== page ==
Here at City Square, we'll do just about anything to get out of the office for a few days. However, sometimes we think we should put better parameters on the "just about anything" criteria. Last week was a case in point.
One of our favorite volunteer activities is serving (along with my spouse) as a USRA Judge/Referee at crew (rowing) events around the country. Last week we were front and center for a three-day competition, the 2005 IRA National (Collegiate) Championship Regatta on the Cooper River in scenic New Jersey. This is an event that draws the top competing collegiate (men's) crews from around the country (Harvard, Princeton, Washington, Stanford, Wisconsin, Navy, Army, Colgate, etc.) to compete in head-to-head sprint racing. (See picture insert of boats leaving the starting platform while I served as Assistant Starter).
Boatings include the 8's (eight crew with coxswain), 4's "with and without," and Pairs (a really scary proposition, in which two rowers with one oar each, looking backward, try to find their way down a 2000 meter course without incident). In the picture below, you can see a side-on view of 8's during a race, taken from the water.
In addition to the men's crews, this event also draws the top women's lightweight crews from around the country.
Now for the "just about anything." This year it was the weather. Crew events are on in anything other than thunderstorms and extreme wind. And this year in New England, we've had an abundance of the latter. Not to be outdone, the weather in New Jersey was unseasonably cold for June (we donned our survival gear once again) and wet. Given our 6:00AM to 6:00PM presence on the racecourse, we all got soaked. Our hotel room at the end of the day looked like the aftermath of a hurricane. We're still drying out equipment that remained aglub (technical nautical term) for most of the regatta.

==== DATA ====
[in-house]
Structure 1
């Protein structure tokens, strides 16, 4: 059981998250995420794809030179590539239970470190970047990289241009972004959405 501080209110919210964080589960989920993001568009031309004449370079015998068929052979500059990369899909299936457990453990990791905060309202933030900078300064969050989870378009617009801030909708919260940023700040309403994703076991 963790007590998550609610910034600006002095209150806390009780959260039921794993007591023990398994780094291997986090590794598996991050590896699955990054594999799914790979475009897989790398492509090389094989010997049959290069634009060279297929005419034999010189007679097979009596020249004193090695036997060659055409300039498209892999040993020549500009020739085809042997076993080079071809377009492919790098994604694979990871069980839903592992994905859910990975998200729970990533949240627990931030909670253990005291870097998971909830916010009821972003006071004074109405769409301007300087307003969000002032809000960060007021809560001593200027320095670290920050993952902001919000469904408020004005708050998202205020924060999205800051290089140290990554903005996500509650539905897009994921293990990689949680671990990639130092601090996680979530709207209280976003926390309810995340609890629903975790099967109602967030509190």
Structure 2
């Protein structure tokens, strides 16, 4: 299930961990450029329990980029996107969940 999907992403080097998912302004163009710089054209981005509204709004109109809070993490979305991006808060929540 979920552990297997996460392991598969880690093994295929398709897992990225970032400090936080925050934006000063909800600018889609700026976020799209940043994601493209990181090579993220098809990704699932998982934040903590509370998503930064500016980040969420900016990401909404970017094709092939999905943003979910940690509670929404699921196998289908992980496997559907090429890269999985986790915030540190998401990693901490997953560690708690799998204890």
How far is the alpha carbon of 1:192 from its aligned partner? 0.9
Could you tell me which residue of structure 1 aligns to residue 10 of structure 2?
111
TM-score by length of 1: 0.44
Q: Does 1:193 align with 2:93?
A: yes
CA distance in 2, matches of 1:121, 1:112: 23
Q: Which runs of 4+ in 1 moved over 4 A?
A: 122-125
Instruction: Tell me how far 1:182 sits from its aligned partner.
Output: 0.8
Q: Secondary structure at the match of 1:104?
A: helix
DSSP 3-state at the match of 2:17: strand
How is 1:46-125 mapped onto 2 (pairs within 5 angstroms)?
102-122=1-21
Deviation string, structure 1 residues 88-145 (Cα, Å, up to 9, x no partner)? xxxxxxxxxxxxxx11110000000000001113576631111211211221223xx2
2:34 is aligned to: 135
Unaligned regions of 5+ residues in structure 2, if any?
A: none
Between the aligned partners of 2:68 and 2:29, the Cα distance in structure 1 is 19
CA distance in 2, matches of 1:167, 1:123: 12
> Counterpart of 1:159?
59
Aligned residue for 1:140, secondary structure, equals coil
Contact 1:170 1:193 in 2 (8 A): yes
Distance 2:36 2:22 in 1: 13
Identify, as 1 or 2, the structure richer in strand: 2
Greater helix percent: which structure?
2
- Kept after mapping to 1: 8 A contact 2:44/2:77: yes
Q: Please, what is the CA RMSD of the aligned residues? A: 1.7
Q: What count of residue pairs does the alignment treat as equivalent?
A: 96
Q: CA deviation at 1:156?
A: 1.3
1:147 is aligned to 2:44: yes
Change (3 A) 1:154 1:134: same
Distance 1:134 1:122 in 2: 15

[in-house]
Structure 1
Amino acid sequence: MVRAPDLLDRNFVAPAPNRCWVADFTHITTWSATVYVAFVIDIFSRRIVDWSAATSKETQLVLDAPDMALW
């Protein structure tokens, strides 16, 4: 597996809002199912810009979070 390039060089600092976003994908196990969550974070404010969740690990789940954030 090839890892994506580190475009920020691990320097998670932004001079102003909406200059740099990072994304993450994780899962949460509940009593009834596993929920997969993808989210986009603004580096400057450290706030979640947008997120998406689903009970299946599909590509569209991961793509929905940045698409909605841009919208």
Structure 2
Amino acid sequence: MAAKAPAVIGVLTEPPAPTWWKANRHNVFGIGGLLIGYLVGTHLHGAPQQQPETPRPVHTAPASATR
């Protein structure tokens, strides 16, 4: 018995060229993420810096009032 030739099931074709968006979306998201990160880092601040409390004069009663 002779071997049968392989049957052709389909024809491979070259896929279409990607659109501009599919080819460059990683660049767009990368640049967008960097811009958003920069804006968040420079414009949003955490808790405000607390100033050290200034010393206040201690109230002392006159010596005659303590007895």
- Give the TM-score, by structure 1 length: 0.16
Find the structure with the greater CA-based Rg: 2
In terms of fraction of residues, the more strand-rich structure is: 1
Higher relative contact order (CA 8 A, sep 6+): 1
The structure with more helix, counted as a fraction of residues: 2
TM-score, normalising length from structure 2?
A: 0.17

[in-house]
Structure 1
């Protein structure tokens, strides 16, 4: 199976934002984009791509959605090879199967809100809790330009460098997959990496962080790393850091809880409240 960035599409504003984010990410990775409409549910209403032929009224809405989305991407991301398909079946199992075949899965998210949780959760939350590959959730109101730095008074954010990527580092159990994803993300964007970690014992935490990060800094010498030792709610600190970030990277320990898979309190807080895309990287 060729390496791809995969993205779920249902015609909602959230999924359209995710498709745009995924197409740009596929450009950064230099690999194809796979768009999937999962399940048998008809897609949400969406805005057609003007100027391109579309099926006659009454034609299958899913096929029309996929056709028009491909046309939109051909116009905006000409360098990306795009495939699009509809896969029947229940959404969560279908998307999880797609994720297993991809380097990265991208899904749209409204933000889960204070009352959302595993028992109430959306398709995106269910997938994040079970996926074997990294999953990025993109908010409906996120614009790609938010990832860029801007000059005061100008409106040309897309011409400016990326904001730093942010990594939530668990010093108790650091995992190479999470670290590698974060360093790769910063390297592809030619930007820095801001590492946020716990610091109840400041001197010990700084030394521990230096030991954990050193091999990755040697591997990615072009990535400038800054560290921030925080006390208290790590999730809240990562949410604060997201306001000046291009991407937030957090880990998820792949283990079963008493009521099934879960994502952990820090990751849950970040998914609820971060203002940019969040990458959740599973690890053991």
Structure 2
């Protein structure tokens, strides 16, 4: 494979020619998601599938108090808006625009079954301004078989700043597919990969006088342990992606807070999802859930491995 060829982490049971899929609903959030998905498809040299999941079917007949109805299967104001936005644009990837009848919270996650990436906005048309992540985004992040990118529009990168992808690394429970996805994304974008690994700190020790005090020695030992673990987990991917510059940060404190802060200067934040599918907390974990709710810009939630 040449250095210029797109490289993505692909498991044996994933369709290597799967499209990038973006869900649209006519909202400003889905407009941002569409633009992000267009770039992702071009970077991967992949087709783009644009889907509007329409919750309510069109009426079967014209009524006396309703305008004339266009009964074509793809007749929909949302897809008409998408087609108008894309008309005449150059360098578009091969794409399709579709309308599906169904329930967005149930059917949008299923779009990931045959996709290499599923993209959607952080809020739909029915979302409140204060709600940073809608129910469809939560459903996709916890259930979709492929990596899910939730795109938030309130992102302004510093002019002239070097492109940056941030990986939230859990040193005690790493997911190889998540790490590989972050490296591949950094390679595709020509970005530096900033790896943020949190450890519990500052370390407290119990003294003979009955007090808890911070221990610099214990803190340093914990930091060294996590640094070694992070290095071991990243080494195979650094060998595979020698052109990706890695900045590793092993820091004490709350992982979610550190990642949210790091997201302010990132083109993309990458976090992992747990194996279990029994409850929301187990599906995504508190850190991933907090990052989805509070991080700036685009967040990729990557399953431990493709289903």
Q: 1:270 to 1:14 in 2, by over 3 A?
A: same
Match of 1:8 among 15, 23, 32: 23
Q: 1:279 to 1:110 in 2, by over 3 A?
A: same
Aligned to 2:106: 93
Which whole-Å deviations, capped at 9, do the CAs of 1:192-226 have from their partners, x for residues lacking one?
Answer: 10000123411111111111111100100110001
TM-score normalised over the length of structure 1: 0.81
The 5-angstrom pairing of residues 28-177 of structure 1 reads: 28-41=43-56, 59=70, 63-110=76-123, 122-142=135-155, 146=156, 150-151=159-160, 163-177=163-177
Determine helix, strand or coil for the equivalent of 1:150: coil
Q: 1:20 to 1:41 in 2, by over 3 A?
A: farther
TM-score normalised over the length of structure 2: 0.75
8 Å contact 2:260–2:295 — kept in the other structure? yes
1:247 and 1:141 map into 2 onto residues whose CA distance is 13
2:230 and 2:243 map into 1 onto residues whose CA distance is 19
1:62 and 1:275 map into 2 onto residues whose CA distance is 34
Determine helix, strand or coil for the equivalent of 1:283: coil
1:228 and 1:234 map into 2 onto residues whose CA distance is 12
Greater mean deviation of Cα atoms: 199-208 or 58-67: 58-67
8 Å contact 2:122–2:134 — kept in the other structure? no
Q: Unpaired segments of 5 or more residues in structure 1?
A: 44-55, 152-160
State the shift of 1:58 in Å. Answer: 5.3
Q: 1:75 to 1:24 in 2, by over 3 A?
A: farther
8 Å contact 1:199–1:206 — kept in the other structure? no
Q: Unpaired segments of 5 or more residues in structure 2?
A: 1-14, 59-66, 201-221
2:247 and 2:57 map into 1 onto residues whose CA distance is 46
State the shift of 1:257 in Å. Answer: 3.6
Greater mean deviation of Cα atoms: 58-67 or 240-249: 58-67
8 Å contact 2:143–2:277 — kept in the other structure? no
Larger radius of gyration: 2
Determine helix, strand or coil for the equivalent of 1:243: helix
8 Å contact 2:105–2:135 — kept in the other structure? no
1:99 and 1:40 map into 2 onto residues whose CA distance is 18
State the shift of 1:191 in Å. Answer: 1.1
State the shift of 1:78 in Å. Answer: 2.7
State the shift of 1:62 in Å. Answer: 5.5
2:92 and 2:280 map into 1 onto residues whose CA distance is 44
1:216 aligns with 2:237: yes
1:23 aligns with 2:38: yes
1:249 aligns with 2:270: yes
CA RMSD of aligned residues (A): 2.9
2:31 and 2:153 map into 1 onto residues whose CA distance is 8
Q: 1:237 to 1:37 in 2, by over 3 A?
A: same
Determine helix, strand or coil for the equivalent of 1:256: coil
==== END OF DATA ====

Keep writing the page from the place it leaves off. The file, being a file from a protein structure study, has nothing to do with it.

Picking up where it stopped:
Is it worth it? Yes. The opportunity to give something back to the sport of rowing (I still compete in singles, and previously rowed bow in a Master's 4) is a big deal. The friendships we've built with others in the J/R corps and with coaches and crews over the years are precious. And frankly, even when it's coming down cats and dogs, any day on the water beats a day in the office.